The role of medial comminution and calcar restoration in varus collapse of proximal humeral fractures treated with locking plates.

Academic Article


  • Proximal humeral fractures that are treated with locked plate constructs remain susceptible to collapse into a varus position. The objectives of the present study were to examine how medial comminution affects fracture stability and to determine the effect of calcar fixation on osteosynthesis stability. Eleven matched pairs of cadaveric humeri were osteotomized to create standard three-part fractures involving the surgical neck and the greater tuberosity. Five matched pairs were randomly assigned to have the medial calcar region remain intact. Six matched pairs had removal of a 10-mm medially based wedge of bone to simulate medial comminution. All fractures were stabilized in a uniform fashion with a proximal humeral locking plate. The constructs were secured, and the superior portion of the humeral head was subjected to compressive loading to induce varus collapse. Load-to-failure and energy-to-failure values along with stiffness and displacement at the time of failure were determined. Medial comminution decreased the mean load to failure by 48% (523 N) (p = 0.015) and the mean energy to failure by 44% (2009 Nmm) (p = 0.013). The use of calcar screw fixation increased the mean load to failure by 31% (219 N) (p = 0.002) and the mean energy to failure by 44% (1279 Nmm) (p = 0.006). Medial comminution significantly decreased the stability of proximal humeral fracture fixation constructs. Calcar restoration with screw fixation significantly improved the stability of repaired fractures in cadaveric specimens. The data suggest that medial comminution is a predictor of poor stability of proximal humeral fractures and that stability may be improved through calcar restoration.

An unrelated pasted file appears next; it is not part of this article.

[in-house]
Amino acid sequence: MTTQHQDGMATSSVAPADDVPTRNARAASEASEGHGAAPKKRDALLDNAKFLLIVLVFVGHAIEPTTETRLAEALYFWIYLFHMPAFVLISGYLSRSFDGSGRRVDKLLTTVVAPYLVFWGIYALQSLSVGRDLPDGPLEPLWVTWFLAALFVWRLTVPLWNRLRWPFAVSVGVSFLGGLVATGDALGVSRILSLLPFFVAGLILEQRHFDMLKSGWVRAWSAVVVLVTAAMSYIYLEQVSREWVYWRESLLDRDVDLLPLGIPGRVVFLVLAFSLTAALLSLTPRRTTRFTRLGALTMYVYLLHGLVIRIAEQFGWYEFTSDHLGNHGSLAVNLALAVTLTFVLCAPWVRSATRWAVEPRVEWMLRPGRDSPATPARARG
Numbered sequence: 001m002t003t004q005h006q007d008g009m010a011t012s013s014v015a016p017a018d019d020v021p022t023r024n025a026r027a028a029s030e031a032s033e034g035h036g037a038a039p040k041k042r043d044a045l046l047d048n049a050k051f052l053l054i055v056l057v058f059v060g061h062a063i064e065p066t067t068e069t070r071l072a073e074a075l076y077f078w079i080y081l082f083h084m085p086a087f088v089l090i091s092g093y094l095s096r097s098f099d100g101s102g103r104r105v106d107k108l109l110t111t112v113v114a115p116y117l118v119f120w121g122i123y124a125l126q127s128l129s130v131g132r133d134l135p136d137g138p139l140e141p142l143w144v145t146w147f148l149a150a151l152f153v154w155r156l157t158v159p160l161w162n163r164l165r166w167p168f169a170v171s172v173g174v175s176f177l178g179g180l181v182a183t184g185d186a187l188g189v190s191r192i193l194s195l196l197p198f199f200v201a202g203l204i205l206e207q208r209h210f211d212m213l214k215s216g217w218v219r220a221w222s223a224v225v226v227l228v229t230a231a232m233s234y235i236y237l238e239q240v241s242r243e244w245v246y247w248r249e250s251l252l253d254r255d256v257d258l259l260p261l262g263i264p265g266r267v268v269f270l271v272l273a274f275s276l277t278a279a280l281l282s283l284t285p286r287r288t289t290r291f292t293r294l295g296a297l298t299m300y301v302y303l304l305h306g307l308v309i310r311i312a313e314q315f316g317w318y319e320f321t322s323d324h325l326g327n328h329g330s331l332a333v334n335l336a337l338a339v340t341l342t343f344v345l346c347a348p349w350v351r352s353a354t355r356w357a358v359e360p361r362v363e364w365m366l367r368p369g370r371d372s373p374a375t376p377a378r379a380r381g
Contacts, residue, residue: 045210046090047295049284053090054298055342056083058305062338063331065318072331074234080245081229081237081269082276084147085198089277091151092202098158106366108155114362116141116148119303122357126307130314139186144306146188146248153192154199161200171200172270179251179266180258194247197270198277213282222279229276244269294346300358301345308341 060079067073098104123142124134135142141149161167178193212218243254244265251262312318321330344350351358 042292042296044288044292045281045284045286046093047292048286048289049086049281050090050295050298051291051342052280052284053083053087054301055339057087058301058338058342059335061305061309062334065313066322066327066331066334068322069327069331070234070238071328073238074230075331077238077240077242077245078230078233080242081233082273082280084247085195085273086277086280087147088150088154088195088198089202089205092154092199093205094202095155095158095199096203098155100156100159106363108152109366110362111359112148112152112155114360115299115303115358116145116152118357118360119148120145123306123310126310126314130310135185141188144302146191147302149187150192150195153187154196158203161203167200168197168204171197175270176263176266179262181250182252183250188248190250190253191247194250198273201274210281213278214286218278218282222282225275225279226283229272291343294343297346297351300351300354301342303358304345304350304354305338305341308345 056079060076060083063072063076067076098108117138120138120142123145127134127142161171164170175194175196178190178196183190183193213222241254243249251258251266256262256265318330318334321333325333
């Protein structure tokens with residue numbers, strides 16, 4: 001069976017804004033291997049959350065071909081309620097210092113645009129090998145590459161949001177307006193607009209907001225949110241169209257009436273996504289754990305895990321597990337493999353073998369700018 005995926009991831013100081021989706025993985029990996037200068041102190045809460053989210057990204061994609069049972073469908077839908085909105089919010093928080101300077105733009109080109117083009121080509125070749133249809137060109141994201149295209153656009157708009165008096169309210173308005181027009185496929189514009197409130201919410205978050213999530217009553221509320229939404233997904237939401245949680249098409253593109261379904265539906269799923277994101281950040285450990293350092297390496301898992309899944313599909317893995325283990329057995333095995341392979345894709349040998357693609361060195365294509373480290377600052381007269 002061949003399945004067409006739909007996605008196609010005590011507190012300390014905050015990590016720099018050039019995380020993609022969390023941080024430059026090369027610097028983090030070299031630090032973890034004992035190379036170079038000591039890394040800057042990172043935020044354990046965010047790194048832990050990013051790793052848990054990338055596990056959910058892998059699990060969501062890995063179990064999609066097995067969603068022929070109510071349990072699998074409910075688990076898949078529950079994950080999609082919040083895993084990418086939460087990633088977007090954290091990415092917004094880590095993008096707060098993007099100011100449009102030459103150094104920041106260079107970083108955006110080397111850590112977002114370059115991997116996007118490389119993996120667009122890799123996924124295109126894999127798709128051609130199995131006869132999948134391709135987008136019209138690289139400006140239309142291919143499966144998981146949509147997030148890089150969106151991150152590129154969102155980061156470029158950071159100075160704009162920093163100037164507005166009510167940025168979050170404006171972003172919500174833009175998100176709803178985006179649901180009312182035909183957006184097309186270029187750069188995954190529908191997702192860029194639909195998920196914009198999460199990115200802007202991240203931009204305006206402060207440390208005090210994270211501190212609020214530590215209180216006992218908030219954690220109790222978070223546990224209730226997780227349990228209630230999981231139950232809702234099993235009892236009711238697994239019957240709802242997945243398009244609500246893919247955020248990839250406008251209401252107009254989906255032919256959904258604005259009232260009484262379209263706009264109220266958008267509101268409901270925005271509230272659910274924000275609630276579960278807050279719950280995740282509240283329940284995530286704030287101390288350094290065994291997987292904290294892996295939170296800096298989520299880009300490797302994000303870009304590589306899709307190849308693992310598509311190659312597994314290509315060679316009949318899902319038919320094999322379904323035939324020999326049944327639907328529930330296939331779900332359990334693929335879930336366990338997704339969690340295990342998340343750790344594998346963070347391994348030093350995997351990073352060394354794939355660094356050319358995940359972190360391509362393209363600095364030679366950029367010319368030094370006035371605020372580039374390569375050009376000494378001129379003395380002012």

• Authors

    Author List

  • Ponce BA; Thompson KJ; Raghava P; Eberhardt AW; Tate JP; Volgas DA; Stannard JP
  • Volume

  • 95
  • Issue

  • 16